Guild hails victory in two-year battle against ‘dubious’ guides

The British Guild of Tourist Guides has hailed a ruling by the Advertising Standards Authority to ban the misleading use of the word ‘free’ by companies offering guided walks.

The guild warns that tourists are at risk of “being exploited by unscrupulous operators offering attractive sounding ‘free’ tours that may turn out to be anything but”.

The ASA advice clarifies and restricts potentially misleading advertising using the word ‘free’ to ensure that customers know how ‘guides’ are remunerated.

Mark King (pictured), guild chairman, said: “The British Guild of Tourist Guides has fought for more than two years on behalf of its members, alongside reputable guided walks operators, to challenge this increasingly prevalent and misleading form of marketing and dubious ‘gig economy’ employment practices.

“The ASA has now recognised that these walks are not ‘free’.

“The guild has been concerned by the cynical exploitation of such an attractive-sounding inducement to promote walks in our most popular tourist cities – an offer that has, thanks to comprehensive research by the ASA, now been shown to be misleading.

“Unqualified, self-employed ‘guides’ leading these walks typically have no recognised professional guiding qualification or safety training.

“They are at risk of being exploited by companies that charge a ‘marketing fee’ to provide clients. This has to be funded from the so-called guide’s sometimes meagre tip.”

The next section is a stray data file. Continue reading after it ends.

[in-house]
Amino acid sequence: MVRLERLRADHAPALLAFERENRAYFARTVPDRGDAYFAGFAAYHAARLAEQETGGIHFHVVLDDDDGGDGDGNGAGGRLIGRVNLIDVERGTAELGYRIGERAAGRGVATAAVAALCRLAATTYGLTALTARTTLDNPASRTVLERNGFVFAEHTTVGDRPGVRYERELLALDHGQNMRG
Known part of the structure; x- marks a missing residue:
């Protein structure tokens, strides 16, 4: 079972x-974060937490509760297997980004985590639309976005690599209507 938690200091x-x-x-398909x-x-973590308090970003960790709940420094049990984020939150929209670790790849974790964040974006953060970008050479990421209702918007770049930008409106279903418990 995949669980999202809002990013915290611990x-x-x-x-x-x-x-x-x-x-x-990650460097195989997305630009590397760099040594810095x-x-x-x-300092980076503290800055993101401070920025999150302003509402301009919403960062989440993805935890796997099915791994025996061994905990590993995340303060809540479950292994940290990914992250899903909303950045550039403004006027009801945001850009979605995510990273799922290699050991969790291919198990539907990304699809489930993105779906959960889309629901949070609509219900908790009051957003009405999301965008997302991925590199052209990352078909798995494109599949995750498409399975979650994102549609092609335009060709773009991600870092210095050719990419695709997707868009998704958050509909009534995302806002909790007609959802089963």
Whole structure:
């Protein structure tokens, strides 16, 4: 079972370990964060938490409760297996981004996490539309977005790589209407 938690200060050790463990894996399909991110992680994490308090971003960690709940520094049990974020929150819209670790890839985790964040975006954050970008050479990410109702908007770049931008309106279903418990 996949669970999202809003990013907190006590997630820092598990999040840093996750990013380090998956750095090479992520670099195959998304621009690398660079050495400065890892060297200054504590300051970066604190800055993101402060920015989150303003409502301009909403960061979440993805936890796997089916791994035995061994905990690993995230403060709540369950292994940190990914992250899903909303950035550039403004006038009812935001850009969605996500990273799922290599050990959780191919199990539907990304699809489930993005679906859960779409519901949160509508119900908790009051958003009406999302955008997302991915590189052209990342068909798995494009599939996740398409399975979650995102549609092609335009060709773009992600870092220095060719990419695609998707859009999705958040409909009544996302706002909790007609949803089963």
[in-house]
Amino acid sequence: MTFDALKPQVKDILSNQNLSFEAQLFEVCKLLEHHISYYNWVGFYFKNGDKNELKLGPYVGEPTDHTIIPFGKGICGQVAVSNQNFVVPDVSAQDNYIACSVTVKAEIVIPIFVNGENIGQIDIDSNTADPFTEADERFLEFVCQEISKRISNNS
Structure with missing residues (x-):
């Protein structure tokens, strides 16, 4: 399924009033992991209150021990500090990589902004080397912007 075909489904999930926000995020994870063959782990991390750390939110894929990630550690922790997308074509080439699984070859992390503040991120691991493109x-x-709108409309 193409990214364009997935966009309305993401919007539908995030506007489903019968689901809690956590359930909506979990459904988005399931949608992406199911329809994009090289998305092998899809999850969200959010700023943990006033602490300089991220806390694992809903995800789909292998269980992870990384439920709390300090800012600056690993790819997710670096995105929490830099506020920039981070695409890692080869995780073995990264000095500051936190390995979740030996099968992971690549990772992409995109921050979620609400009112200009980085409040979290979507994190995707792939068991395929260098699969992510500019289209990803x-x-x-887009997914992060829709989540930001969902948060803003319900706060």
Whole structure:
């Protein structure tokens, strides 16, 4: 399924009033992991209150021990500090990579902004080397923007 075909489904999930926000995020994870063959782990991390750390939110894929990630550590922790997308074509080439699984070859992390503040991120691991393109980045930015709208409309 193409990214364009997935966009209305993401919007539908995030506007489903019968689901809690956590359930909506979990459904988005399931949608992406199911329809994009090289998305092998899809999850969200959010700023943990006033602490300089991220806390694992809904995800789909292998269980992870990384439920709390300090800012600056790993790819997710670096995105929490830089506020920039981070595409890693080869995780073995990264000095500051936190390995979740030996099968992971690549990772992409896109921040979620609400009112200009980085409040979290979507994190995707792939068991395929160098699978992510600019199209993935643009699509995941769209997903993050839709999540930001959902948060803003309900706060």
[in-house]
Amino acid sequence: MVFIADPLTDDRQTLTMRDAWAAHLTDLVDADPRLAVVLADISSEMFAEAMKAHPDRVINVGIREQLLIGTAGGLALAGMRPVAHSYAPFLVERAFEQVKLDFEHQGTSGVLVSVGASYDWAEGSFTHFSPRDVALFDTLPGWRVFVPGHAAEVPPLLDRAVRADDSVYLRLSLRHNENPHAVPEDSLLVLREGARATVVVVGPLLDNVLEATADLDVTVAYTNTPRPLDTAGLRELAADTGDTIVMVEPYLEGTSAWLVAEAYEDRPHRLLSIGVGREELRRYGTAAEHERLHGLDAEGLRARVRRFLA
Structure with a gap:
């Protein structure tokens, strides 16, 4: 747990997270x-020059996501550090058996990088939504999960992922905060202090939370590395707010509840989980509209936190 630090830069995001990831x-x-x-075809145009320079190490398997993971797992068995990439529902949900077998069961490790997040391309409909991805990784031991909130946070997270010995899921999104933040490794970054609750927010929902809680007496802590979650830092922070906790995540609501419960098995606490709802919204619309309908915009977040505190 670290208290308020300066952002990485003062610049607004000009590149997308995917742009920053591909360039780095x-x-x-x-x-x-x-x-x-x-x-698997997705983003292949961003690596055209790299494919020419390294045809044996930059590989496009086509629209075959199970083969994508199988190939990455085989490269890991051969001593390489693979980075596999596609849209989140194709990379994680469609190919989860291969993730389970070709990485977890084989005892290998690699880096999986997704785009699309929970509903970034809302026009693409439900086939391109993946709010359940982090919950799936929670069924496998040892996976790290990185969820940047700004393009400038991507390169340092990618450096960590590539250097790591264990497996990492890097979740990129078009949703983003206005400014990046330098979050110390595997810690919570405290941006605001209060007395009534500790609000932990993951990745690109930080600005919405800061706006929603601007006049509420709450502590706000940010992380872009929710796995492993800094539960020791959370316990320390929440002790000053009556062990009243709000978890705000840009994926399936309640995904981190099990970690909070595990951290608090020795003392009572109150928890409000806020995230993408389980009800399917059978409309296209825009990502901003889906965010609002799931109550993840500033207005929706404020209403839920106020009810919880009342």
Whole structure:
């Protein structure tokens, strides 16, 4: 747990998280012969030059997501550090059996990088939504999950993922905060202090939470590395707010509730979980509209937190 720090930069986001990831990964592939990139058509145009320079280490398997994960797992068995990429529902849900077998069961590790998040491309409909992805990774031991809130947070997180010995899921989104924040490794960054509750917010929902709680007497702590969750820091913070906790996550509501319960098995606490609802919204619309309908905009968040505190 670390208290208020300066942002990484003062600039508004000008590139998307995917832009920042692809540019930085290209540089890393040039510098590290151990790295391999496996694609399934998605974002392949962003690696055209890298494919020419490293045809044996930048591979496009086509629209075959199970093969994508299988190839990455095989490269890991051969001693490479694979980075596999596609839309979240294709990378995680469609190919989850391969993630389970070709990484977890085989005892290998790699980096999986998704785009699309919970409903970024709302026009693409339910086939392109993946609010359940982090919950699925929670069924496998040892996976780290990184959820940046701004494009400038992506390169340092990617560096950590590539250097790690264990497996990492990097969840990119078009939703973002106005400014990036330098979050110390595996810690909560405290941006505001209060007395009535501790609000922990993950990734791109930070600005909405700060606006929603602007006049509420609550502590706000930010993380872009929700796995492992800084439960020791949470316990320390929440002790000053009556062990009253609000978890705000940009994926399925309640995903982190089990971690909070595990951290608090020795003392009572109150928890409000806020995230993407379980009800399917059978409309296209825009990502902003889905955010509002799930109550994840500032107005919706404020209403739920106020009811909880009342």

David Tucker, owner of London Walks, added: “I am delighted by the ASA’s ruling. You can’t redefine the word ‘free’ or the word ‘tips’.

“In a single bound after June 28 – the end of the period of grace in this matter – consumers are going to be free of misleading advertising in this sector.”

Richard Jones, London Blue Badge tourist guide and operator of Discovery Tours & Events, commented: “Free tours are a great idea, so long as they are free. The problem has been that the guides working for companies have to pressurise the client to pay as much as they can in order to make a living.

“Hopefully, this important ruling will ensure that clients who are expecting a free tour, get a free tour and not two hours of hard sell.”

The guild highlighted that its members are self-employed professional guides, who meet rigorous training standards set by the Institute of Tourist Guiding, the industry’s officially recognised standard-setting body.